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Settlement issue looms over Netanyahu's Europe trip

Israeli Prime Minister Bejamin Netanyahu begins a four-day trip to Europe on Monday. In London on Wednesday, he'll discuss how to fast-track the peace process with US Middle East envoy George Mitchell.

By Ilene R. PrusherStaff writer of The Christian Science Monitor / August 24, 2009

A Palestinian laborer works at a construction site in the West Bank Jewish settlement of Maale Adumim near Jerusalem.

Baz Ratner /Reuters

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Israeli Prime Minister Benjamin Netanyahu embarked on a four-day trip to Europe on Monday, during which he will meet in London with US Middle East peace envoy George Mitchell to try to firm up an agreement for fast-tracking peace talks with the Palestinians.

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But Mr. Netanyahu has been far more optimistic about an imminent return to negotiations than has his counterpart, Palestinian President Mahmoud Abbas, who has been dragging his heels amid an ongoing dispute over Israeli settlement expansion in East Jerusalem and the West Bank. President Obama has demanded that Israel declare a halt in settlement growth, and has asked that, in return, Arab countries take steps towards "normalization" of ties with Israel.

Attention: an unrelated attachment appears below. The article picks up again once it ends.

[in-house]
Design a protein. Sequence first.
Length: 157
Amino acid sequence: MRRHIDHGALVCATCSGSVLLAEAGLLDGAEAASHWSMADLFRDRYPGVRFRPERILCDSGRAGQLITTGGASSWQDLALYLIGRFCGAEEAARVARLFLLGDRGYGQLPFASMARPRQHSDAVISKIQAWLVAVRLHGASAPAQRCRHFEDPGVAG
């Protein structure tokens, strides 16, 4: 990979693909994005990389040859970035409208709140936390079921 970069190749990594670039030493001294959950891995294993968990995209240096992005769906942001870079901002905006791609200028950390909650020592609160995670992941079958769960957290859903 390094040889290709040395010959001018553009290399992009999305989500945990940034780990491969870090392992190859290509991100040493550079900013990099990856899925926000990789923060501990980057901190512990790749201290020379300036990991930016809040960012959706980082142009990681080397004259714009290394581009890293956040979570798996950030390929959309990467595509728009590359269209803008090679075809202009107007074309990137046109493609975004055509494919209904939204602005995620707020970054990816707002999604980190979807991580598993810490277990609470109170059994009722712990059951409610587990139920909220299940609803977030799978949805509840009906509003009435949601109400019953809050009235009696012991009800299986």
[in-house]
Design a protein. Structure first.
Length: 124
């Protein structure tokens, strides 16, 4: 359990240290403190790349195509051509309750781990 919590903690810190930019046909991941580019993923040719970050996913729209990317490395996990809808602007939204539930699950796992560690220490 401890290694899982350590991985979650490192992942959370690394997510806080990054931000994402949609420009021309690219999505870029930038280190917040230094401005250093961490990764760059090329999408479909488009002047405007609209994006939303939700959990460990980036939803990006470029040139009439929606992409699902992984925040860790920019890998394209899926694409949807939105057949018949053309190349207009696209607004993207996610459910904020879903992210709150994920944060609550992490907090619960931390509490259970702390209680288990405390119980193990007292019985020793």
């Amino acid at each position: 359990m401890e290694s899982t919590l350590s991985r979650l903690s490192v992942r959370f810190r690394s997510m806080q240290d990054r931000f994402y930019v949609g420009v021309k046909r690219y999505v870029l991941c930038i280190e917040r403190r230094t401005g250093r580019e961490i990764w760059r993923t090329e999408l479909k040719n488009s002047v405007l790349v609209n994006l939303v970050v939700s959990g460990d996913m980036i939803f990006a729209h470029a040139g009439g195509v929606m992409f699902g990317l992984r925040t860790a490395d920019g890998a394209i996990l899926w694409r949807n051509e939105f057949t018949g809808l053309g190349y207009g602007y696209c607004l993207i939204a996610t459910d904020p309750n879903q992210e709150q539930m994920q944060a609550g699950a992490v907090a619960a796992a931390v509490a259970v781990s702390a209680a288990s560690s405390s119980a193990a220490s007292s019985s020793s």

Netanyahu is scheduled to meet with British Prime Minister Gordon Brown on Tuesday, with Mr. Mitchell on Wednesday, then with German Chancellor Angela Merkel in Berlin on Thursday. One key goal of these talks is to bridge differences between the Obama administration's proposal that Israel freeze settlement growth for two years and Israel's offer of a six-month "pilot" break in settlement construction while talks are ongoing. Although Netanyahu is seeking to curb any expectations for a breakthrough on the trip, Israeli analysts say they expect him to agree to a year as a compromise.

Tamping down expectations

Netanyahu appeared optimistic as he geared up for his trip, telling his cabinet at their weekly meeting Sunday that talks could resume by late September, "but will first require reaching understandings with the Americans and the Palestinian Authority." But Mr. Abbas, girded by the vote of confidence he received from his party's rank-and-file in this month's Fatah elections – the first in 20 years – says that he will not commence negotiations unless Israel agrees to a full-on freeze in settlement building.